Karen Monson moved to Taos in January 2015 from Santa Barbara, Ca. She has a Bachelor of Fine Arts Degree from the University of Connecticut and a Masters in Clinical Psychology from Antioch University, Santa Barbara, Ca. An animal advocate, painter and photographer she has volunteered with many animal agencies, working with everything from sea lions and seals to discovering the wonderful world of horses here in Taos. Karen had the great fortune of studying with Grandmaster Tung Kai Ying and his senior student in the U.S. in Santa Barbara, David Barton, for over 30 years. She left Santa Barbara as David’s senior student and looks forward to teaching here in Taos.
Mondays 5:00 p.m. Thursdays 12:00 p.m.
First class is always complementary.
What is Tai Chi Chu’an ?
Tai Chi Chu’an is an internal Martial Art that has its roots in 13th century China. In the west, it is often referred to as “meditation in motion.”
The “long form Yang style” is a series of 108 “postures” that are woven together in one long movement called “the form”. Legend has it that these original postures were created by a Taoist monk, also a martial artist, that was observing the fight between a bird and snake. All the postures can be translated to principles found in nature and animals moving in nature. By studying these movements, we begin to discover what animals know; how to move with exquisite awareness of one’s surroundings and of one’s own body moving through space.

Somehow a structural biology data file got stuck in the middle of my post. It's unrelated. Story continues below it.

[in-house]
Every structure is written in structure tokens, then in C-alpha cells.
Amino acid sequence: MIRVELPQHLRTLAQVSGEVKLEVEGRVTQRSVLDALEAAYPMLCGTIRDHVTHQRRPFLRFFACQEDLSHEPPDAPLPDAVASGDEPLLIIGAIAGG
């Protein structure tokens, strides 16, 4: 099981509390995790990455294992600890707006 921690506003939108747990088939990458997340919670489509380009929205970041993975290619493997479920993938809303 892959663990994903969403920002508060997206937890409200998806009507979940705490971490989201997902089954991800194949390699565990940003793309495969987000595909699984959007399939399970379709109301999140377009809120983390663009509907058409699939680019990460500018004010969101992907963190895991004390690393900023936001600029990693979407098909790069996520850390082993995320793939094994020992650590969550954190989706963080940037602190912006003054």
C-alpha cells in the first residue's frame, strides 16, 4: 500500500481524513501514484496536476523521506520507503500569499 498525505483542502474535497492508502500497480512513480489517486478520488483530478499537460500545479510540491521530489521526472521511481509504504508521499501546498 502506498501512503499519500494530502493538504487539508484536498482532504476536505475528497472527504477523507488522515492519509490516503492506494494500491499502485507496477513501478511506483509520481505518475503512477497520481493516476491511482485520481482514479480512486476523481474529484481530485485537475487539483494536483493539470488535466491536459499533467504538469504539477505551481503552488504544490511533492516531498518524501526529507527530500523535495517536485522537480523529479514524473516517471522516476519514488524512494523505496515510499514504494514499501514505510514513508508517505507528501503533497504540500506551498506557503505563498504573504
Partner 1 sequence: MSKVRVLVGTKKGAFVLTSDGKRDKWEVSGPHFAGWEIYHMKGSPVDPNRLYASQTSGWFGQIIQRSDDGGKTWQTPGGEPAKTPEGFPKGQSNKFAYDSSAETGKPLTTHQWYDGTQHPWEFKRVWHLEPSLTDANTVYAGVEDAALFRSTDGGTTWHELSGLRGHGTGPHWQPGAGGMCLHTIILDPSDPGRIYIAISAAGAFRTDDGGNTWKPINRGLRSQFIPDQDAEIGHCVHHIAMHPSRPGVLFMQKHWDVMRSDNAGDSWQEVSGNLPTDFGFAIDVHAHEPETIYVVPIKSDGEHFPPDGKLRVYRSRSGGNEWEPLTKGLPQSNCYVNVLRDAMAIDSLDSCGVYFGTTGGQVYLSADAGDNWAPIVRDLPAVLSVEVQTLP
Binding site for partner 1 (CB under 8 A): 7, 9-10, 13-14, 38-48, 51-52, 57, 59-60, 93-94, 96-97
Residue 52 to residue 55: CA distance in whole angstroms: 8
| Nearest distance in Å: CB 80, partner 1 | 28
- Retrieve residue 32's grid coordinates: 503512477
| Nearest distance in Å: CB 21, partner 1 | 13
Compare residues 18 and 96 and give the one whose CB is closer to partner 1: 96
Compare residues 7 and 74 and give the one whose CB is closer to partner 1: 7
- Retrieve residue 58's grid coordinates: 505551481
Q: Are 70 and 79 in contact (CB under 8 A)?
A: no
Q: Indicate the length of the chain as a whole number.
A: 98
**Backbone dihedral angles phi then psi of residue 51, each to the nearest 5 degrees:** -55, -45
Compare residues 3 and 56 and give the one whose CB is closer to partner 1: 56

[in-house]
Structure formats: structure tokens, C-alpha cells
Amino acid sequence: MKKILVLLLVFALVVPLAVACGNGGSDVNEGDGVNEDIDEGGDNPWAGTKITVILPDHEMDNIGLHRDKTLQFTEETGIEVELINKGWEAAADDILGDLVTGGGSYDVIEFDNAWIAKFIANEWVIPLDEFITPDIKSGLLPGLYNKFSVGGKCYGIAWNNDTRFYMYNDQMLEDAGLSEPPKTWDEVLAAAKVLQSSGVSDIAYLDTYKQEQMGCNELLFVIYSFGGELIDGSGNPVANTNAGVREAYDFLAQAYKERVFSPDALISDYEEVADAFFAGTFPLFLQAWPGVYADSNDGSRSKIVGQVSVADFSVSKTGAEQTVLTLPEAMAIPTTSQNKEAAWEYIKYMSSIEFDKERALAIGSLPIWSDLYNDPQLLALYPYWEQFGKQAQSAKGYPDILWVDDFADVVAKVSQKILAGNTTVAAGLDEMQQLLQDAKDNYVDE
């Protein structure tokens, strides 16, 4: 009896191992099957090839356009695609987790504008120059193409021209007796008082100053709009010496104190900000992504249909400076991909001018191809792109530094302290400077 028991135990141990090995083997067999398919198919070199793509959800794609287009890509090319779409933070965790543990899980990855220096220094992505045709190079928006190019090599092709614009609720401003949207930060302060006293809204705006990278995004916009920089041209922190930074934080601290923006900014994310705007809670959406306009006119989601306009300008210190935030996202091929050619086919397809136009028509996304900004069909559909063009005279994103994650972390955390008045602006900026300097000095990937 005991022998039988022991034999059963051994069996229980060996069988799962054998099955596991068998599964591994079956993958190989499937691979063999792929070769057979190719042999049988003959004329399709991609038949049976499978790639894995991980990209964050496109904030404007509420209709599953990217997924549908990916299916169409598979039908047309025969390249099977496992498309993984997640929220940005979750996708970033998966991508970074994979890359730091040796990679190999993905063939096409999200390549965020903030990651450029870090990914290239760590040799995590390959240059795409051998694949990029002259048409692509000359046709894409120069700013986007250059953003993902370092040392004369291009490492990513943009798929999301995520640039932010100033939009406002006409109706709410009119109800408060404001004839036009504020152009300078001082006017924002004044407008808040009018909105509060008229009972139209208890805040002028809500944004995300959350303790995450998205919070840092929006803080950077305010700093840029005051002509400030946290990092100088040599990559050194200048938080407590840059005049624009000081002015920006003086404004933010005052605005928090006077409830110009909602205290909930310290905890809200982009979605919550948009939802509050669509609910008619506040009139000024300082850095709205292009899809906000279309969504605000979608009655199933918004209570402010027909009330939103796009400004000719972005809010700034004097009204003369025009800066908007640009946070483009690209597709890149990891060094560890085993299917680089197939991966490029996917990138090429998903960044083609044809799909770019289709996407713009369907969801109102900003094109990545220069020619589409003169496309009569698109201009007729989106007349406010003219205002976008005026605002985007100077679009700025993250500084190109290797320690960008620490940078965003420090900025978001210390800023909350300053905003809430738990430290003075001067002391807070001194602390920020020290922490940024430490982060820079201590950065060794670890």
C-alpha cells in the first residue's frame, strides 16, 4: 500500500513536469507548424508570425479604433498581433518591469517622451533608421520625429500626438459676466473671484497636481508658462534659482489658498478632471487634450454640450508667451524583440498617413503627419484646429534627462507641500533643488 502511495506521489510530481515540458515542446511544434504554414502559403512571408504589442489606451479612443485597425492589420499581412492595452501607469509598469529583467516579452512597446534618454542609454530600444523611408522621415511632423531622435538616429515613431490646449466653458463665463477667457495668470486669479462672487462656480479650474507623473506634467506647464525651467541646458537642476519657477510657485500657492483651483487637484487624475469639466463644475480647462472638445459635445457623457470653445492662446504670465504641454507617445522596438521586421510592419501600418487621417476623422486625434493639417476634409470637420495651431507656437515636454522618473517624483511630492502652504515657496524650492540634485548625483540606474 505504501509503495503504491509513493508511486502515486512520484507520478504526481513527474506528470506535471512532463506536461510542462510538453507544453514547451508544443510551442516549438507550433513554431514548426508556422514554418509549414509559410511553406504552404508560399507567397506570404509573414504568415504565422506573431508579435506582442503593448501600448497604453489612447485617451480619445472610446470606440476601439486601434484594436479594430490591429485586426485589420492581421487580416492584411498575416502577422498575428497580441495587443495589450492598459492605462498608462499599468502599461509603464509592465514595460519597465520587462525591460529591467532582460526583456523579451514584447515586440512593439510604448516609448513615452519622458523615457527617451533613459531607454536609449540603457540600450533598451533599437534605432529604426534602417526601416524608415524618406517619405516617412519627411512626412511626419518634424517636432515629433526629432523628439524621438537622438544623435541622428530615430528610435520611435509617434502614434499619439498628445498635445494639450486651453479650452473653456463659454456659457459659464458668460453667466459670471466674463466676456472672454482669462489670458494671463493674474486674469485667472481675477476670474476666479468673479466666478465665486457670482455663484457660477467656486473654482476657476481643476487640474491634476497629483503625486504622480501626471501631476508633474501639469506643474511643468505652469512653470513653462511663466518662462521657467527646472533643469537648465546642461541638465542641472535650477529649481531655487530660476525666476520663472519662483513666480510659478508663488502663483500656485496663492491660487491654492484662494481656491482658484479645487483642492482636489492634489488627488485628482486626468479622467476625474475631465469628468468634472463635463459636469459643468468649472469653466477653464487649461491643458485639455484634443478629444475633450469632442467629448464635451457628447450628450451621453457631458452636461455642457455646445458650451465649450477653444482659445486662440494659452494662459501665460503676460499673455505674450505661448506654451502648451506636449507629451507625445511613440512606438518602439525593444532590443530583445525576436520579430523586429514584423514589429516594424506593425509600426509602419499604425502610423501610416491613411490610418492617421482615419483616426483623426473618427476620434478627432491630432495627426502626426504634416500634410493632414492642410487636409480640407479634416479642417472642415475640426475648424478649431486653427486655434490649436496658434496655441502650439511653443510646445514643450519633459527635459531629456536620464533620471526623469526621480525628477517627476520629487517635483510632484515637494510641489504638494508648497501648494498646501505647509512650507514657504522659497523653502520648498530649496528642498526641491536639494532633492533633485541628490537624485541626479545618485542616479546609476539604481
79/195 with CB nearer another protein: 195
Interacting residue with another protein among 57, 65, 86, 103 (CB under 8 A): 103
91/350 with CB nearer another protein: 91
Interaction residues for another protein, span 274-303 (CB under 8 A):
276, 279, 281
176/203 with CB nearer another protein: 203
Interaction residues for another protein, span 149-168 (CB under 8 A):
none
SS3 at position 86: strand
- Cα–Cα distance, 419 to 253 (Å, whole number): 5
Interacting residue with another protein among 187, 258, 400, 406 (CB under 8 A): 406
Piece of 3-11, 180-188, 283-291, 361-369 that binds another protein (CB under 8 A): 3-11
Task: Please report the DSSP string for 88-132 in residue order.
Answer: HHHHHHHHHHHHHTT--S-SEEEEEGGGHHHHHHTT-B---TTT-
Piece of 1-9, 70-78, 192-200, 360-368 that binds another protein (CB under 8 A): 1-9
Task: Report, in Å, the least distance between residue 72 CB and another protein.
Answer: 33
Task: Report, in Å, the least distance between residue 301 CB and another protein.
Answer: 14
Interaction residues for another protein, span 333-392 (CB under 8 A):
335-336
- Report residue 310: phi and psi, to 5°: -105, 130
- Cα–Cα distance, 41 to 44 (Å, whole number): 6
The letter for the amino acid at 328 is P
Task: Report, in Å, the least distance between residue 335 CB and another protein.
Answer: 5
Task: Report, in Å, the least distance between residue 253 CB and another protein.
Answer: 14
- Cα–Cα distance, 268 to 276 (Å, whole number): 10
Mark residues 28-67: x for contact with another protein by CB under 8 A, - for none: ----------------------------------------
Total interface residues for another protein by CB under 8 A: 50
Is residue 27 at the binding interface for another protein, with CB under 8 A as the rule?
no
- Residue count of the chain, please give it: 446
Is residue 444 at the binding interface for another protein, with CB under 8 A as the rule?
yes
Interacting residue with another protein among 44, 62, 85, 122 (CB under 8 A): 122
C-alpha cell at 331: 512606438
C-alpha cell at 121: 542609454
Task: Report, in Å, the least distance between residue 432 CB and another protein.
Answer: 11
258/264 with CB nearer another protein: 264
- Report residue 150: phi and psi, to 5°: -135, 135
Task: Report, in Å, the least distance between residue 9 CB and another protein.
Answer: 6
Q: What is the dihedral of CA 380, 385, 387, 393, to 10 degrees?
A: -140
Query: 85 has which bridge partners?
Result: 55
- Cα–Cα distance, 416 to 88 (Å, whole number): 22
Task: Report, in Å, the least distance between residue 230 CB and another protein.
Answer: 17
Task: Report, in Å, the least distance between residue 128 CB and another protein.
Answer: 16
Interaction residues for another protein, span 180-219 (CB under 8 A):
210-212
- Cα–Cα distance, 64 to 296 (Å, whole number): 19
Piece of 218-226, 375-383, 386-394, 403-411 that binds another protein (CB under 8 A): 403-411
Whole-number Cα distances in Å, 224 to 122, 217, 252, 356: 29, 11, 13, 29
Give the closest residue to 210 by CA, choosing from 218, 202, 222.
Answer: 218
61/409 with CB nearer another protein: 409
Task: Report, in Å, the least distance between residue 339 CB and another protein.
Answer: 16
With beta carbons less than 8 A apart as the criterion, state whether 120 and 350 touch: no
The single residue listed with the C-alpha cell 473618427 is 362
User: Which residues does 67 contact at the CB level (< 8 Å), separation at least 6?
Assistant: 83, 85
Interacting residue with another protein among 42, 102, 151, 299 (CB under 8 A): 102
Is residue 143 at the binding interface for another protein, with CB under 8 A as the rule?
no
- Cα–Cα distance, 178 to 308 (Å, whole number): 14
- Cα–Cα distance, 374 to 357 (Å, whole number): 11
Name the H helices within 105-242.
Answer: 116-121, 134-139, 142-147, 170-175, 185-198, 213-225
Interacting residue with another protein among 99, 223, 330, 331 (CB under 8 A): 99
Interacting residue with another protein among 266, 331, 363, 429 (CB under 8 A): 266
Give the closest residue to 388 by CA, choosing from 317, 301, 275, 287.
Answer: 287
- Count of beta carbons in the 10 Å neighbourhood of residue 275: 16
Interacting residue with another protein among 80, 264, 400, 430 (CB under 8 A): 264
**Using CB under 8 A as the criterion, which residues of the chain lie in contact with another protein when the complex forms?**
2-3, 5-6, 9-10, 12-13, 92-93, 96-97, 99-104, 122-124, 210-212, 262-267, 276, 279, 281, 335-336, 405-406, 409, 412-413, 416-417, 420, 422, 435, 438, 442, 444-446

Balance Balance and more Balance
If one wants to become intimate with the notion of balance, Tai Chi is a wonderful way to do that. When a bi-ped moves fast, momentum can override the power of gravity. This changes when we move slowly. We have to learn how to cope with gravity in a new way. This new way revolves around discovering and studying the center of gravity in our own body and in the things around us. Much like a spinning top that defies gravity by balancing around its central axis. We train awareness of our own center and how to shift weight and move from that center with the utmost efficiency and leverage. This can have powerful martial applications but most people find the practice transcends the physical and can help with centering and balancing in other aspects of one’s life.
Some more benefits….
Believe it or not, it takes strength to go slow. So we develop strength through both the slow and faster moving sets (there are some fast sets).
Besides balance the postures are known to:
*strengthen the core
*lubricates the joints
*massages the internal organs
*loosens the fascia tissue surrounding the internal organs by loosening the waist.
*moves that mysterious notion of Chi in the body
*strengthens legs and helps to protect your back
*reduces LDL levels and increases T cells
*enhances cardiovascular fitness
* helps with neuroplasticity of the brain, and brain healing and function
I could talk forever about the roots of Tai Chi, the benefits, and how it has helped me immensely throughout my life. Even Harvard medical school coined it “medication in Motion,” and their studies are validating what the Chinese have known for centuries; that Tai Chi has a long list of health benefits for people of all ages. Lucky for me, I found it in my 20’s. But I have taught people in their 80’s who have fallen in love with the practice. You are never too old or too young to begin to learn Tai Chi.
Feel free to call or text Karen with any questions you may have at
📞 (805) 618-0373